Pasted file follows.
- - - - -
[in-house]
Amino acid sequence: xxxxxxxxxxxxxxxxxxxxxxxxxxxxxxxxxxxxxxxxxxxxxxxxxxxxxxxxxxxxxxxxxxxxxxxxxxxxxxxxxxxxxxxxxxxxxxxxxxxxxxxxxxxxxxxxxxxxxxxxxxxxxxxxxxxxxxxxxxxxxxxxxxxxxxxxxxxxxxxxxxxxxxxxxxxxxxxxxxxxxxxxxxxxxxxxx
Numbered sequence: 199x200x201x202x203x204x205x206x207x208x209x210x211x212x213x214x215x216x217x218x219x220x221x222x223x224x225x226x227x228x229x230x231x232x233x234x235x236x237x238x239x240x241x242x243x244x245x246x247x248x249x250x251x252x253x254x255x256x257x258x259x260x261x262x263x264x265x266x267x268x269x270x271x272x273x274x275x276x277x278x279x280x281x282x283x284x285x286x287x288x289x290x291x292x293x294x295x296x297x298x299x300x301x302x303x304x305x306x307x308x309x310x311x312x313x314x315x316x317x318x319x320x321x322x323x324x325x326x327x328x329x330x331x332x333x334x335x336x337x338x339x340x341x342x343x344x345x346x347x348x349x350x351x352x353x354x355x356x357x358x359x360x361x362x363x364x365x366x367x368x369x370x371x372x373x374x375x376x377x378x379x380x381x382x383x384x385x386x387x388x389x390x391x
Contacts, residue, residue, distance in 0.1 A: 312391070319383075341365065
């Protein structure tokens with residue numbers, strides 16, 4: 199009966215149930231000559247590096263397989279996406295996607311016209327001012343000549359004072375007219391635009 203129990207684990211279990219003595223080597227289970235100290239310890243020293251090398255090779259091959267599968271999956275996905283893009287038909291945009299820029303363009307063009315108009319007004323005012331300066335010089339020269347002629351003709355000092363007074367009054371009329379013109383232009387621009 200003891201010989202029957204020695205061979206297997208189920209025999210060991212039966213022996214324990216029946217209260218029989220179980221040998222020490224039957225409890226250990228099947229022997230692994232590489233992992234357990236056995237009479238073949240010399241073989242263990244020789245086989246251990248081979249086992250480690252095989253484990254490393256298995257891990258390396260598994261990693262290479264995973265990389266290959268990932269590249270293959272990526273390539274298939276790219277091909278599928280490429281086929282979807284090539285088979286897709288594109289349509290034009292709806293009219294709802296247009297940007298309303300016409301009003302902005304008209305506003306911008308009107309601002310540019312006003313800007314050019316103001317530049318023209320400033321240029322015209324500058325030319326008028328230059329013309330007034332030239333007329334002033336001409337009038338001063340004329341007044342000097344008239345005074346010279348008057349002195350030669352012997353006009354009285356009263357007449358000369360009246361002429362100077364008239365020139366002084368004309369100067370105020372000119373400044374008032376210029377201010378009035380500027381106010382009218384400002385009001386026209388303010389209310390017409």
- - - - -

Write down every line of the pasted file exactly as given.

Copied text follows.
[in-house]
Amino acid sequence: xxxxxxxxxxxxxxxxxxxxxxxxxxxxxxxxxxxxxxxxxxxxxxxxxxxxxxxxxxxxxxxxxxxxxxxxxxxxxxxxxxxxxxxxxxxxxxxxxxxxxxxxxxxxxxxxxxxxxxxxxxxxxxxxxxxxxxxxxxxxxxxxxxxxxxxxxxxxxxxxxxxxxxxxxxxxxxxxxxxxxxxxxxxxxxxxx
Numbered sequence: 199x200x201x202x203x204x205x206x207x208x209x210x211x212x213x214x215x216x217x218x219x220x221x222x223x224x225x226x227x228x229x230x231x232x233x234x235x236x237x238x239x240x241x242x243x244x245x246x247x248x249x250x251x252x253x254x255x256x257x258x259x260x261x262x263x264x265x266x267x268x269x270x271x272x273x274x275x276x277x278x279x280x281x282x283x284x285x286x287x288x289x290x291x292x293x294x295x296x297x298x299x300x301x302x303x304x305x306x307x308x309x310x311x312x313x314x315x316x317x318x319x320x321x322x323x324x325x326x327x328x329x330x331x332x333x334x335x336x337x338x339x340x341x342x343x344x345x346x347x348x349x350x351x352x353x354x355x356x357x358x359x360x361x362x363x364x365x366x367x368x369x370x371x372x373x374x375x376x377x378x379x380x381x382x383x384x385x386x387x388x389x390x391x
Contacts, residue, residue, distance in 0.1 A: 312391070319383075341365065
């Protein structure tokens with residue numbers, strides 16, 4: 199009966215149930231000559247590096263397989279996406295996607311016209327001012343000549359004072375007219391635009 203129990207684990211279990219003595223080597227289970235100290239310890243020293251090398255090779259091959267599968271999956275996905283893009287038909291945009299820029303363009307063009315108009319007004323005012331300066335010089339020269347002629351003709355000092363007074367009054371009329379013109383232009387621009 200003891201010989202029957204020695205061979206297997208189920209025999210060991212039966213022996214324990216029946217209260218029989220179980221040998222020490224039957225409890226250990228099947229022997230692994232590489233992992234357990236056995237009479238073949240010399241073989242263990244020789245086989246251990248081979249086992250480690252095989253484990254490393256298995257891990258390396260598994261990693262290479264995973265990389266290959268990932269590249270293959272990526273390539274298939276790219277091909278599928280490429281086929282979807284090539285088979286897709288594109289349509290034009292709806293009219294709802296247009297940007298309303300016409301009003302902005304008209305506003306911008308009107309601002310540019312006003313800007314050019316103001317530049318023209320400033321240029322015209324500058325030319326008028328230059329013309330007034332030239333007329334002033336001409337009038338001063340004329341007044342000097344008239345005074346010279348008057349002195350030669352012997353006009354009285356009263357007449358000369360009246361002429362100077364008239365020139366002084368004309369100067370105020372000119373400044374008032376210029377201010378009035380500027381106010382009218384400002385009001386026209388303010389209310390017409």